(CN) – Hundreds of thousands of Americans are set to lose their food stamp benefits under tighter state requirements unveiled by the Trump administration Wednesday.
Adults who are eligible to work and claim no dependents can receive benefits through the federal Supplemental Nutrition Assistance Program, or SNAP.
Under the 1996 welfare law, recipients are limited to three months of benefits in any three-year period if they are not working or in a training program for at least 20 hours a week.
Current rules allow states with low levels of employment or few job opportunities to waive these restrictions, but the Trump administration on Wednesday finalized a rule that imposes stricter criteria on states providing exemptions.
Specifically, the new rule stipulates that states can only waive the limit on benefits if a city or county has an unemployment rate above 6%.
According to the Center on Budget and Policy Priorities, nearly every state has at some point asked the Department of Agriculture, which administers SNAP, to temporarily suspend the three-month limit for people in areas lacking industry.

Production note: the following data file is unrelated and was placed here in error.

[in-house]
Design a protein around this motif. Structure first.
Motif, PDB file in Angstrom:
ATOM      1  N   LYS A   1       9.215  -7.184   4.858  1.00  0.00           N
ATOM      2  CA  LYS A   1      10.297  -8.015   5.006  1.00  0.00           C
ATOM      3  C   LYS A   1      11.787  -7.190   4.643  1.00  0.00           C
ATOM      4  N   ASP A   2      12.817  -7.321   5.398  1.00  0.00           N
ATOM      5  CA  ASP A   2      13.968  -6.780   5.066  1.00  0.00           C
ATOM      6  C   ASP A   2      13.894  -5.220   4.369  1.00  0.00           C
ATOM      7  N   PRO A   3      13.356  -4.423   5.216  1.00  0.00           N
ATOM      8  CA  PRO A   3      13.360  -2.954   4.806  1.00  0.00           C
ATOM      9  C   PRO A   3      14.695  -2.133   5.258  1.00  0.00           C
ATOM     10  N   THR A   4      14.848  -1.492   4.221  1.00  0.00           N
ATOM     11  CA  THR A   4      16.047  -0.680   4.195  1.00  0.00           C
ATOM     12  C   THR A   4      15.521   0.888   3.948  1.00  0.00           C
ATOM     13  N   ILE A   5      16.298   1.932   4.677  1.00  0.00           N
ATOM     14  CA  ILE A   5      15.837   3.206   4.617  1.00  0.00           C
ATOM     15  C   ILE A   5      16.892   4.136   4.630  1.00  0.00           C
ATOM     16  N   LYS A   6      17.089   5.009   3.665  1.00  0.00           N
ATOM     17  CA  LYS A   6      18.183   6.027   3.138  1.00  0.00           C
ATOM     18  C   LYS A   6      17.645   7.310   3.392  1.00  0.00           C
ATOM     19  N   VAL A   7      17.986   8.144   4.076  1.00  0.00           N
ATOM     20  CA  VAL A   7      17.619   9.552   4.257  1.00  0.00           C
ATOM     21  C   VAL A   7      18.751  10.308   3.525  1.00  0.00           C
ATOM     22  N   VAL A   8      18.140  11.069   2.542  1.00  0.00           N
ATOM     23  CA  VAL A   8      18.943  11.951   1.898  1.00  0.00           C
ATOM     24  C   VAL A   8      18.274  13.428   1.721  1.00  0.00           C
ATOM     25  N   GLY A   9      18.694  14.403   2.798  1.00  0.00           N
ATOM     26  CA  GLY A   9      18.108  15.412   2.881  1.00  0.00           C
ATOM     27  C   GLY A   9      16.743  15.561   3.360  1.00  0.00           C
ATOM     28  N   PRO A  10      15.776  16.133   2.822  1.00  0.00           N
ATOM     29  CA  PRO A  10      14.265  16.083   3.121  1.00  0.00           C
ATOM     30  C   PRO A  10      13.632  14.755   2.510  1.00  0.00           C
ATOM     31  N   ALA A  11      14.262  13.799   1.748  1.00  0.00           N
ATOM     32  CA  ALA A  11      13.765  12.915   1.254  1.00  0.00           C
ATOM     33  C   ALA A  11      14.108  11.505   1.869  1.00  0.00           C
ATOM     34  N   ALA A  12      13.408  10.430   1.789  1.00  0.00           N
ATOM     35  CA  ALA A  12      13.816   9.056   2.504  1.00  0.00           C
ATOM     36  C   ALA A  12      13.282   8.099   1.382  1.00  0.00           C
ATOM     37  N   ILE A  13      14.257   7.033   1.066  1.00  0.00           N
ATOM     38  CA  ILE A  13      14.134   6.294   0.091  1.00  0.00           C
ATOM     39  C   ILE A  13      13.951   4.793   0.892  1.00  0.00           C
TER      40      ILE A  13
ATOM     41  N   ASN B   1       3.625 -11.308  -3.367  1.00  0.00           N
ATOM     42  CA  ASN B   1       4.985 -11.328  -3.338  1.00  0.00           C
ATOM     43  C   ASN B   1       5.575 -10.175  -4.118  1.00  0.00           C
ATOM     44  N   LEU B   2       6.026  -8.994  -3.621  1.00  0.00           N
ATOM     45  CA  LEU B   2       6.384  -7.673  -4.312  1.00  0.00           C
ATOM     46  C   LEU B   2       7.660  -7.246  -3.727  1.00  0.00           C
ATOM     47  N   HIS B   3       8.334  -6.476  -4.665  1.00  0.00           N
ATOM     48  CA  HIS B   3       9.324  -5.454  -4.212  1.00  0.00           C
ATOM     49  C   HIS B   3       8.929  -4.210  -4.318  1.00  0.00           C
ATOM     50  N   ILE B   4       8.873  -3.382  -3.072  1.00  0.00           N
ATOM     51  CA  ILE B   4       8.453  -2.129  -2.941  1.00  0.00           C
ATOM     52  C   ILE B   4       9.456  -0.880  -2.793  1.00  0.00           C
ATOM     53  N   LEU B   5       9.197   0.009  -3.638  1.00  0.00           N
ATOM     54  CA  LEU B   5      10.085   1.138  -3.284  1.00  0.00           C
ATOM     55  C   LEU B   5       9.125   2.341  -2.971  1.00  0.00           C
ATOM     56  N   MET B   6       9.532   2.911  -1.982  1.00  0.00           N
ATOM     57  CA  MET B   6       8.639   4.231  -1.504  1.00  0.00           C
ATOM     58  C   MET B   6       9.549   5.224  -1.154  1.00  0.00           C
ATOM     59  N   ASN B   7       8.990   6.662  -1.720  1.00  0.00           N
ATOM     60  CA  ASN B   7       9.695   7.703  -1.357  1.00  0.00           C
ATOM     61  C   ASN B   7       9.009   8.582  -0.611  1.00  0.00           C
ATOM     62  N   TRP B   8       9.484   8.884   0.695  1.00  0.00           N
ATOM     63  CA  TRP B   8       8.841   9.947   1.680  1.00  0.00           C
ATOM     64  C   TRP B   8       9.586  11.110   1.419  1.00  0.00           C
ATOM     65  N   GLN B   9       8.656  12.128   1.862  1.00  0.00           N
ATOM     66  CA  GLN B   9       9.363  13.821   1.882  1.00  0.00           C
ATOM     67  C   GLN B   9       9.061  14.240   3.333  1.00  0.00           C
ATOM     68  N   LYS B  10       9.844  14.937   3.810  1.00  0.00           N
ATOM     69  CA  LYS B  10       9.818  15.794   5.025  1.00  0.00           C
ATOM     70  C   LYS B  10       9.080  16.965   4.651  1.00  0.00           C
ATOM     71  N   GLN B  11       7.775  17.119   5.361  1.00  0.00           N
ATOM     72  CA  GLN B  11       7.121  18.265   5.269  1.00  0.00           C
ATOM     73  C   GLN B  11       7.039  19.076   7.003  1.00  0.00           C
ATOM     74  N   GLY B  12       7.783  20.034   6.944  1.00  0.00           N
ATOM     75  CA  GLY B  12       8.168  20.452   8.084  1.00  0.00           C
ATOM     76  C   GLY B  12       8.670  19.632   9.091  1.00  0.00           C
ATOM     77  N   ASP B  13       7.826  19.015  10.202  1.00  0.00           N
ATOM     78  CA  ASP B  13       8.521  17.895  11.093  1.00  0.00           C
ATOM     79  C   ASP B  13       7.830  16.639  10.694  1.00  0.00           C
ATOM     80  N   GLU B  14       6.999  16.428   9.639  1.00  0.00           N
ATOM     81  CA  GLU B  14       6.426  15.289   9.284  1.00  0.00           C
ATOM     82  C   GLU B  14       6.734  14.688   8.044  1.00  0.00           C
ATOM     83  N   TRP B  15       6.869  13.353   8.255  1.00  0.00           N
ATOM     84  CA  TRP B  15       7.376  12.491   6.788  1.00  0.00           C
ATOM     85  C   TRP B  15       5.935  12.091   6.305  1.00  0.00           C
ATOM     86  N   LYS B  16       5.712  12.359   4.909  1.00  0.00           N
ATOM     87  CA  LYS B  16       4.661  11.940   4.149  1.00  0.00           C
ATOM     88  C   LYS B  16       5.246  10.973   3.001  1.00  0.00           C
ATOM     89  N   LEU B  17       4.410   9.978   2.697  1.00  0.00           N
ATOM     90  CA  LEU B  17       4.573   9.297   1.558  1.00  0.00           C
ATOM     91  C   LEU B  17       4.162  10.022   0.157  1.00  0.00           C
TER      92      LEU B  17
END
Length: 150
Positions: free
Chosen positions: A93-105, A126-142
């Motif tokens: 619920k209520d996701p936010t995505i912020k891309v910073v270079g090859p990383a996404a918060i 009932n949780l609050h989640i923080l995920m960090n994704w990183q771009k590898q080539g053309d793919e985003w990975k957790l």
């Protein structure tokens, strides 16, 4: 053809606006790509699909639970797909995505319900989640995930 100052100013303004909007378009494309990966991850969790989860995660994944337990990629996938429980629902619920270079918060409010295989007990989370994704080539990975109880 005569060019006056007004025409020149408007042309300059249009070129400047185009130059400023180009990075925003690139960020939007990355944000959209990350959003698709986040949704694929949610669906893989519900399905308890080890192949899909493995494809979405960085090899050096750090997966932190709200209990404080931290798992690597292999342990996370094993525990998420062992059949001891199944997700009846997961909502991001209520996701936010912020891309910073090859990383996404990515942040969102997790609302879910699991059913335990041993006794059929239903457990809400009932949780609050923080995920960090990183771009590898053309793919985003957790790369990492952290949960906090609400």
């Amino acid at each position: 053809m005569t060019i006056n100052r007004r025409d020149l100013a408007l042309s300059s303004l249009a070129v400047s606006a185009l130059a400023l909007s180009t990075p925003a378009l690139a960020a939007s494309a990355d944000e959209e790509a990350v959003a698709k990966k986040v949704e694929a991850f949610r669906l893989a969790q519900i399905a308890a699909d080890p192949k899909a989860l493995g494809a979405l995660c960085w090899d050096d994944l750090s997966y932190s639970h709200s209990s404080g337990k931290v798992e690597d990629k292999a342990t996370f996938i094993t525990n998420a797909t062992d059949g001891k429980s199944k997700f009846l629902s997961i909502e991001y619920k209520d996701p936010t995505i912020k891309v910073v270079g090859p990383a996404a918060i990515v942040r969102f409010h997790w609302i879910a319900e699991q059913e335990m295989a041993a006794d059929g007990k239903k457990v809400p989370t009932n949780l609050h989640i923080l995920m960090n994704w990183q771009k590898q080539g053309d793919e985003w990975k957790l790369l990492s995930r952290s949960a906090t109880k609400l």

The SNAP program helps feed more than 36 million Americans, and the stricter work requirements rolled out Wednesday are expected to eliminate benefits for about 688,000 recipients.
The USDA estimates the change will save roughly $5.5 billion over five years.
“Government can be a powerful force for good, but government dependency has never been the American dream. We need to encourage people by giving them a helping hand but not allowing it to become an indefinitely giving hand,” Agriculture Secretary Sonny Perdue said in a statement.
Perdue said the new rule lays the groundwork for “the expectation that able-bodied Americans re-enter the workforce where there are currently more job openings than people to fill them.”
The USDA said the majority of public comments that were submitted generally opposed the rule, but did not identify specific provisions or provide recommendations on how to address the policy issues identified by the department.
Food Research & Action Center, a nonprofit focused on eliminating poverty-related hunger, said in a statement that the Trump administration has politicized the process, arbitrarily narrowing states’ ability to waive the time limit in many areas with insufficient jobs.
“This action flies in the face of congressional intent, coming almost a year after Congress passed the Farm Bill that left the current area waiver provisions in place,” James Weill, the group’s president, said in a statement.
The rule is set to take effect next April.